Naval Academy tests all for drugs Action taken in wake of arrest of two midshipmen


All 4,000 Naval Academy midshipmen were tested for illegal drug use within 48 hours after Navy investigators caught two upperclassmen with LSD at a Glen Burnie motel Sunday, Navy officials said yesterday.

The testing was unprecedented in scope and swiftness.

"In the past, we have tested two companies a week randomly and half the brigade over a couple of days right after a leave period," said academy spokesman Capt. Tom Jurkowsky.

"While we have no reason at this point to believe more than the two are involved in this, we view this seriously. This is the reason other agencies look to us for guidance. This serves as a deterrent. The Navy's policy is zero tolerance."

Half the brigade was tested Sunday and the rest were tested yesterday.

Urine samples were collected in the bathrooms of Bancroft Hall, the midshipmen dormitory. They will be sent to several Navy labs and it will take several weeks to complete the tests.

Academy officials said the midshipmen in Sunday's incident -- a senior and a junior -- were caught buying LSD but have not been charged with any crime.

They are back at the Yard attending classes, according to academy sources.

Navy investigators arrested the midshipmen at the Holiday Inn in the 6300 block of Ritchie Highway shortly after midnight, a Navy source said. The source said Navy investigators were tipped off to the hotel by a "concerned" midshipman some time last week.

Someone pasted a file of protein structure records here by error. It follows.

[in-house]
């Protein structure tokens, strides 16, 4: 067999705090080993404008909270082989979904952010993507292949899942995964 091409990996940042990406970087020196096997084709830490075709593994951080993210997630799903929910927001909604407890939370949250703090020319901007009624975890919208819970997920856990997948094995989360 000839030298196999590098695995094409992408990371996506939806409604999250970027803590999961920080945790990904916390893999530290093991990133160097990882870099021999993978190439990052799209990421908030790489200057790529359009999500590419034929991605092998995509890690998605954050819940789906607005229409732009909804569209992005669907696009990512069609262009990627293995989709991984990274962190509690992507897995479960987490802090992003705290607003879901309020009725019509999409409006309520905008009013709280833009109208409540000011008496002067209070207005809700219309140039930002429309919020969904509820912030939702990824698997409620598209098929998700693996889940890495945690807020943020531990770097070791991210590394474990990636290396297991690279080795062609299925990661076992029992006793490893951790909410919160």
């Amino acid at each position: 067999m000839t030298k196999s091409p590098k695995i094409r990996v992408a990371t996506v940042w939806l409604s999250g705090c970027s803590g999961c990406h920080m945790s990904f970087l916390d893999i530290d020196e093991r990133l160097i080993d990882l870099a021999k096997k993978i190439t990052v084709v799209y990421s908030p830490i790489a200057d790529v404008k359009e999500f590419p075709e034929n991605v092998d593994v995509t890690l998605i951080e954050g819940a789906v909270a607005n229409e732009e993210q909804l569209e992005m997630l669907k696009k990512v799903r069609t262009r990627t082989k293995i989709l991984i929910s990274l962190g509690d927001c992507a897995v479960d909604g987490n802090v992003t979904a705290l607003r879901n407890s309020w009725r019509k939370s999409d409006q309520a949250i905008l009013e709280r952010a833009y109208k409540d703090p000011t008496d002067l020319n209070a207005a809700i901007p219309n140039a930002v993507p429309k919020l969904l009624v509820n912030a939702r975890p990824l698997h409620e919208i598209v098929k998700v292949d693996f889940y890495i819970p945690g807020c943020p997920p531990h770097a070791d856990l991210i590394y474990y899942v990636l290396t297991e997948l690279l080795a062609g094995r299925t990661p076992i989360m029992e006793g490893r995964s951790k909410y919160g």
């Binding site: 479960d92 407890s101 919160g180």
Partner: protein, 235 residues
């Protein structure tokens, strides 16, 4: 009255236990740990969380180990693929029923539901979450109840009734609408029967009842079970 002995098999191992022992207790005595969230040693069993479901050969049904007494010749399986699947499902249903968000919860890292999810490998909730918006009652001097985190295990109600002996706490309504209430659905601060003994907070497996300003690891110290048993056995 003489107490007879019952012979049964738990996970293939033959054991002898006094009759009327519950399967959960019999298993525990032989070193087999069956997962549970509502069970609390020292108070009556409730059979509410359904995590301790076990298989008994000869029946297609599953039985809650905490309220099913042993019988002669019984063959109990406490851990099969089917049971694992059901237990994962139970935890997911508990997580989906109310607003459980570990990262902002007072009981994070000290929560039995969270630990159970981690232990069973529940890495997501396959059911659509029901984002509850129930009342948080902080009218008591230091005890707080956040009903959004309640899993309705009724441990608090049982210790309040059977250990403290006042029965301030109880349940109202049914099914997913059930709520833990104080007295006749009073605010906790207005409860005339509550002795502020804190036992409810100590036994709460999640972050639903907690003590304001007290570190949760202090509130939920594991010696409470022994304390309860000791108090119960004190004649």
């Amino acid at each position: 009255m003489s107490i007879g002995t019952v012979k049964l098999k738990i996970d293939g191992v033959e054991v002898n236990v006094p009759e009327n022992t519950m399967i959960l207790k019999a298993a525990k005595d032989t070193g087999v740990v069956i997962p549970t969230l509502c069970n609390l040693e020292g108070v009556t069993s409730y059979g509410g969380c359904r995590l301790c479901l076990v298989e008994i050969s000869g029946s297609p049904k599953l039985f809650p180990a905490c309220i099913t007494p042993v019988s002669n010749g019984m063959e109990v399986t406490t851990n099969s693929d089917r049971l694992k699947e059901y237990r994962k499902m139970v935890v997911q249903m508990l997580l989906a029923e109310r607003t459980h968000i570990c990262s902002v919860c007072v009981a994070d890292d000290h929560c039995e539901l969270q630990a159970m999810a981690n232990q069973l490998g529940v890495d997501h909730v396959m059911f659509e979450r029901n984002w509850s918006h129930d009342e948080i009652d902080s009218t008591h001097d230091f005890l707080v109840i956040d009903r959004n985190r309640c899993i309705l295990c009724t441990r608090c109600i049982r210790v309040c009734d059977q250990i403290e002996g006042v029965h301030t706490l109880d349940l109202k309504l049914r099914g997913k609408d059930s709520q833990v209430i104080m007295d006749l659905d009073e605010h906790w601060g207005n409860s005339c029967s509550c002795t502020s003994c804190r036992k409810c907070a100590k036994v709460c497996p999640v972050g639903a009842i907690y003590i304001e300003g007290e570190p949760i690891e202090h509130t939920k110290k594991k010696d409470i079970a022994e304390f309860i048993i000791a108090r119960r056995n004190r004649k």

Captain Jurkowsky said investigators had identified a "small group of midshipmen who were potentially involved" in illegal drug use before the arrests.

The investigators at the hotel posed as drug dealers and sold the midshipmen LSD before arresting them, a Navy source said.

The investigation into the incident is continuing, Captain Jurkowsky said, and if the midshipmen are found guilty, they likely will be expelled from the school.

One midshipman was expelled last year after testing positive for drug use and a plebe who tested positive on Induction Day June 30 was expelled.

A lieutenant who tested positive during a random sampling earlier this year will appear before a hearing board in a few weeks, Captain Jurkowsky said.

When detectives from the Naval Criminal Investigation Services, an independent agency, complete their investigation into Sunday's incident, they will turn over their findings to academy superintendent Adm. Charles R. Larson who will recommended punishment or expulsion to the Secretary of the Navy.

"We are getting total cooperation from the superintendent to resolve this issue," said Special Agent Ron Benefield, a NCIS spokesman.

Drug prevention officials say the use of LSD has increased sharply in recent years.

According to a survey taken last year by the Maryland Department of Education, more than 13 percent of 12th grade students statewide had used LSD.

"It's kind of like a throwback to the '60s," said Michael Gimbel, executive director of Baltimore County's Office of Substance Abuse. "It's become very popular in high schools and in colleges throughout the Baltimore area."

"I think what happened at the Naval Academy is a real reflection of what's happening with their peers all over the country," Mr. Gimbel said.

"Just because it's the Naval Academy doesn't mean it's immune from what's going on all over the country."

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